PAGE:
I have two time series and I want to find the lag that results in maximum correlation between the two time series. The basic problem we’re considering is the description and modeling of the relationship between these two time series.

In signal processing, cross-correlation is a measure of similarity of two series as a function of the lag of one relative to the other. This is also known as a sliding dot product or sliding inner-product.

For discrete functions, the cross-correlation is defined as**:**

In the relationship between two time series (*y*_{t} and *x*_{t}), the series *y*_{t} may be related to past lags of the *x*-series. The **sample cross correlation function (CCF)** is helpful for identifying lags of the *x*-variable that might be useful predictors of *y*_{t}.

In R, the *sample ***CCF** is defined as the set of sample correlations between *x*_{t+h} and *y*_{t} for *h* = 0, ±1, ±2, ±3, and so on.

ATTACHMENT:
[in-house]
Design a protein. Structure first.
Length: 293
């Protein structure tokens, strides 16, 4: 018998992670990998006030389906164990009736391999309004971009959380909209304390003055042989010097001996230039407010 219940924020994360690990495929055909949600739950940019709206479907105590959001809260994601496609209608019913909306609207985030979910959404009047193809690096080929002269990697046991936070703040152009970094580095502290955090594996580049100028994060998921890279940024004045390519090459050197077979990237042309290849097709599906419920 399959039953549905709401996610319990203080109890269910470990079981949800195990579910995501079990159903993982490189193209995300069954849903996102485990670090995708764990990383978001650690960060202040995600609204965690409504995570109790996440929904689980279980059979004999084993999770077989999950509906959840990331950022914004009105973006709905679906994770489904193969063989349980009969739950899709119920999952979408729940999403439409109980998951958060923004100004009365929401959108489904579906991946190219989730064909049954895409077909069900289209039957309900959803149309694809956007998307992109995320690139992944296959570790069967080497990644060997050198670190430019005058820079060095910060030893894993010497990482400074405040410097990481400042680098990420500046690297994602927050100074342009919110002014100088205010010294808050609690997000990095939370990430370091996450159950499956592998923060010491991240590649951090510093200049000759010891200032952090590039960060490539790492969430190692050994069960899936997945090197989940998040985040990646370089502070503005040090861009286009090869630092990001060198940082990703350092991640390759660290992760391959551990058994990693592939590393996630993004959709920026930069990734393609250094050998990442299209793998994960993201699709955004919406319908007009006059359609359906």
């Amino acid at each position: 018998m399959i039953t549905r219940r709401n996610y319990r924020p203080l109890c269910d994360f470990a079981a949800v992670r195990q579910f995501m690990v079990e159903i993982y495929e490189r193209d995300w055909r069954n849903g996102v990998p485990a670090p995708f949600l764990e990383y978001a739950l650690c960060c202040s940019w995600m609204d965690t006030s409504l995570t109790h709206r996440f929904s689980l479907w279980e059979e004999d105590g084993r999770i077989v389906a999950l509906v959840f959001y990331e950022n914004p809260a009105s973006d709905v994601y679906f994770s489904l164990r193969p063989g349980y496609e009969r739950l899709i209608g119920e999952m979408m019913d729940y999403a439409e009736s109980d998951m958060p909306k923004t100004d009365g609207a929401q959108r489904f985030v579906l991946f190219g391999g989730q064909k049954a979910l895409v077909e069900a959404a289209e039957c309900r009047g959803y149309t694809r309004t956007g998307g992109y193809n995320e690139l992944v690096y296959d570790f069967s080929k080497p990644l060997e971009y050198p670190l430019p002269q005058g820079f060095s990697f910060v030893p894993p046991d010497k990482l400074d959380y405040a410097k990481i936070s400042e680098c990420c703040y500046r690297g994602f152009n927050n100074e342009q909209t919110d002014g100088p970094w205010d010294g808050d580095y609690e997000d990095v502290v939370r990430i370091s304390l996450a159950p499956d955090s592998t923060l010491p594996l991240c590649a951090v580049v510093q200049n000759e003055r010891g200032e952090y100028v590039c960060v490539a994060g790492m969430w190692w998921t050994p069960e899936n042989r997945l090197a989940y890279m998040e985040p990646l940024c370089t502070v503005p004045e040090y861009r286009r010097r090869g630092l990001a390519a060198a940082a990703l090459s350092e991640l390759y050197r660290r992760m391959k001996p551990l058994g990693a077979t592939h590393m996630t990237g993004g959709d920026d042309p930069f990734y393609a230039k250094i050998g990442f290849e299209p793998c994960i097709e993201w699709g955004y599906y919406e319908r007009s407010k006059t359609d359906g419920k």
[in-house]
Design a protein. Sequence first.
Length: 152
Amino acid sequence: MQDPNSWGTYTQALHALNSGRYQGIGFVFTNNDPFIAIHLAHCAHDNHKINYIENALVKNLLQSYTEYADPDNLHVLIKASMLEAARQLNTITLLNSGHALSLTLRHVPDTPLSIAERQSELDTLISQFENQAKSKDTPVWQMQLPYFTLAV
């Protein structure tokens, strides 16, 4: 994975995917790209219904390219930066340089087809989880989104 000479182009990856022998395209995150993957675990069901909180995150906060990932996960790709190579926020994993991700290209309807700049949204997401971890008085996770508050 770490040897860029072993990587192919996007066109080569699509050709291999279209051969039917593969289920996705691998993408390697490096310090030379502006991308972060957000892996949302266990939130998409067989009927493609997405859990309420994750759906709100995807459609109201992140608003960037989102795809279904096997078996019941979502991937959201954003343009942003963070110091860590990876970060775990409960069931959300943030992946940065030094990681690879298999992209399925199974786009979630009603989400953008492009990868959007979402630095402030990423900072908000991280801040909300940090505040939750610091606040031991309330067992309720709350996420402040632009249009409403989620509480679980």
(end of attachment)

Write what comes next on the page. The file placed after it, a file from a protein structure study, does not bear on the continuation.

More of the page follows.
A negative value for *h* is a correlation between the *x*-variable at a time before *t* and the *y*-variable at time *t*. For instance, consider *h* = −2. The CCF value would give the correlation between *x*_{t-2} and *y*_{t}.

For example, let’s start with the first series, y1:

x <- seq(0,2*pi,pi/100)
length(x)
# [1] 201
y1 <- sin(x)
plot(x,y1,type="l", col = "green")

Adding series y2, with a shift of pi/2:

y2 <- sin(x+pi/2)
lines(x,y2,type="l",col="red")

Applying the **cross correlation function (cff)**

cv <- ccf(x = y1, y = y2, lag.max = 100, type = c("correlation"),plot = TRUE)

The maximal correlation is calculated at a positive shift of the y1 series:

cor = cv$acf[,,1]
lag = cv$lag[,,1]
res = data.frame(cor,lag)
res_max = res[which.max(res$cor),]$lag
res_max
# [1] 44

Which means that maximal correlation between series y1 and series y2 is calculated between y1_{t+44} and y2_{t}

### Like this:

Like Loading...